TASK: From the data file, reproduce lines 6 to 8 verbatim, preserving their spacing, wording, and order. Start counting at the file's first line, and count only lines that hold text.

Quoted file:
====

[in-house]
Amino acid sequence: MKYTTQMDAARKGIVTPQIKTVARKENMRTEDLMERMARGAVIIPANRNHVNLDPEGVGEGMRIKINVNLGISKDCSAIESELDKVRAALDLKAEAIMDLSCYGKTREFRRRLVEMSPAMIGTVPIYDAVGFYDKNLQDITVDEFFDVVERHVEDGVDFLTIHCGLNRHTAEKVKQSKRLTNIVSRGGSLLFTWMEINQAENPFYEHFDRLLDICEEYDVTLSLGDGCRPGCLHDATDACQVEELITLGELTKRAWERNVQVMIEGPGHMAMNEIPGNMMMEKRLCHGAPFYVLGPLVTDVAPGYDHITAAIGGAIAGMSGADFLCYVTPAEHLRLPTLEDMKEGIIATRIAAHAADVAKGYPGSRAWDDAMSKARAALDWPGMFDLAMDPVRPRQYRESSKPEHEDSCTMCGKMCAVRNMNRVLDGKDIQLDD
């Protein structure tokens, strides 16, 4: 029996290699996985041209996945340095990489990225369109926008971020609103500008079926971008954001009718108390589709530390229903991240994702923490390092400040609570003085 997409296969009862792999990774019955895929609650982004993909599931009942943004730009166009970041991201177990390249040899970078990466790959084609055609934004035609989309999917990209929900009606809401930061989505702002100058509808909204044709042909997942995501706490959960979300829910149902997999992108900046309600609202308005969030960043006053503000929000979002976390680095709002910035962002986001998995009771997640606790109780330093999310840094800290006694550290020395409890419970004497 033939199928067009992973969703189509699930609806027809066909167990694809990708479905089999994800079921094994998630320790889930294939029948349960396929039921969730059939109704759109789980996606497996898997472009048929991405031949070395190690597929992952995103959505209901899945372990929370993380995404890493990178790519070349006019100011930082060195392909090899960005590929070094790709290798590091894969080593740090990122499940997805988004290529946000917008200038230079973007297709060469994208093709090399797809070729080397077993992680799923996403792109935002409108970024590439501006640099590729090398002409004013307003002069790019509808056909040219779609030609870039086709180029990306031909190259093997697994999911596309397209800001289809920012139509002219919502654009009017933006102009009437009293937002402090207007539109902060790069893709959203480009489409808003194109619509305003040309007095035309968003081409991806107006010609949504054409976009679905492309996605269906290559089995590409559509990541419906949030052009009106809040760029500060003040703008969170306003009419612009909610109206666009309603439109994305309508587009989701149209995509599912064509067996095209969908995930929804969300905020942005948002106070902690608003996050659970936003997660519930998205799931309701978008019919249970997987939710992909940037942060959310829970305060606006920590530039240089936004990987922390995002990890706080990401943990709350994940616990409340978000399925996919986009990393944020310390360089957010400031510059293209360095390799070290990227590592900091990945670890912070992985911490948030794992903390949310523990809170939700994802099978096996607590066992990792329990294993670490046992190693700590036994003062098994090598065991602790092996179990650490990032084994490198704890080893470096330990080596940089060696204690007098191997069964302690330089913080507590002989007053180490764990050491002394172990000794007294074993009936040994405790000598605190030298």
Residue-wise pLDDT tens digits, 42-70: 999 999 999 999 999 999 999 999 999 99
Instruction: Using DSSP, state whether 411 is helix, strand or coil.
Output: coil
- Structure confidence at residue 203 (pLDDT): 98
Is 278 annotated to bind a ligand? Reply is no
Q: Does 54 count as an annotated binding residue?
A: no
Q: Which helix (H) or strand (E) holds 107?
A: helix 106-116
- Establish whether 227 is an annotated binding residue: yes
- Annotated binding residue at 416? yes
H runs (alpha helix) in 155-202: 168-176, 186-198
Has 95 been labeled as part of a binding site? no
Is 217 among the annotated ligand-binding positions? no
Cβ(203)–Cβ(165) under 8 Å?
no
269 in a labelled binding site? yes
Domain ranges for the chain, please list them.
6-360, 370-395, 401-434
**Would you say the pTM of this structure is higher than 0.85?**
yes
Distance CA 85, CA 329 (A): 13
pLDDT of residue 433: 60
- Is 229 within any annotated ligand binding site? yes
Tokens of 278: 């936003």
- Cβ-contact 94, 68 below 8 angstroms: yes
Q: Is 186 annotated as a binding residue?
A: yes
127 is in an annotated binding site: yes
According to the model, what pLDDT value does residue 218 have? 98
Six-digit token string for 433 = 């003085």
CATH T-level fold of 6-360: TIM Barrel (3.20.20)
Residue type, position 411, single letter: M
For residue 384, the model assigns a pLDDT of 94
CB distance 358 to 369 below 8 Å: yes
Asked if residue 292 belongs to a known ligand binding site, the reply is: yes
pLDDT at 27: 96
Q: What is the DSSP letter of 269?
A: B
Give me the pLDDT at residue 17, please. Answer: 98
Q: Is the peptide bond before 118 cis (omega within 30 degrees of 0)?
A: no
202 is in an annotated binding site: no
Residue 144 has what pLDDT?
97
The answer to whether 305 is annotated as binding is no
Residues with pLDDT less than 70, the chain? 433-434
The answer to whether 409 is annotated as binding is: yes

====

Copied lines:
Output: coil
- Structure confidence at residue 203 (pLDDT): 98
Is 278 annotated to bind a ligand? Reply is no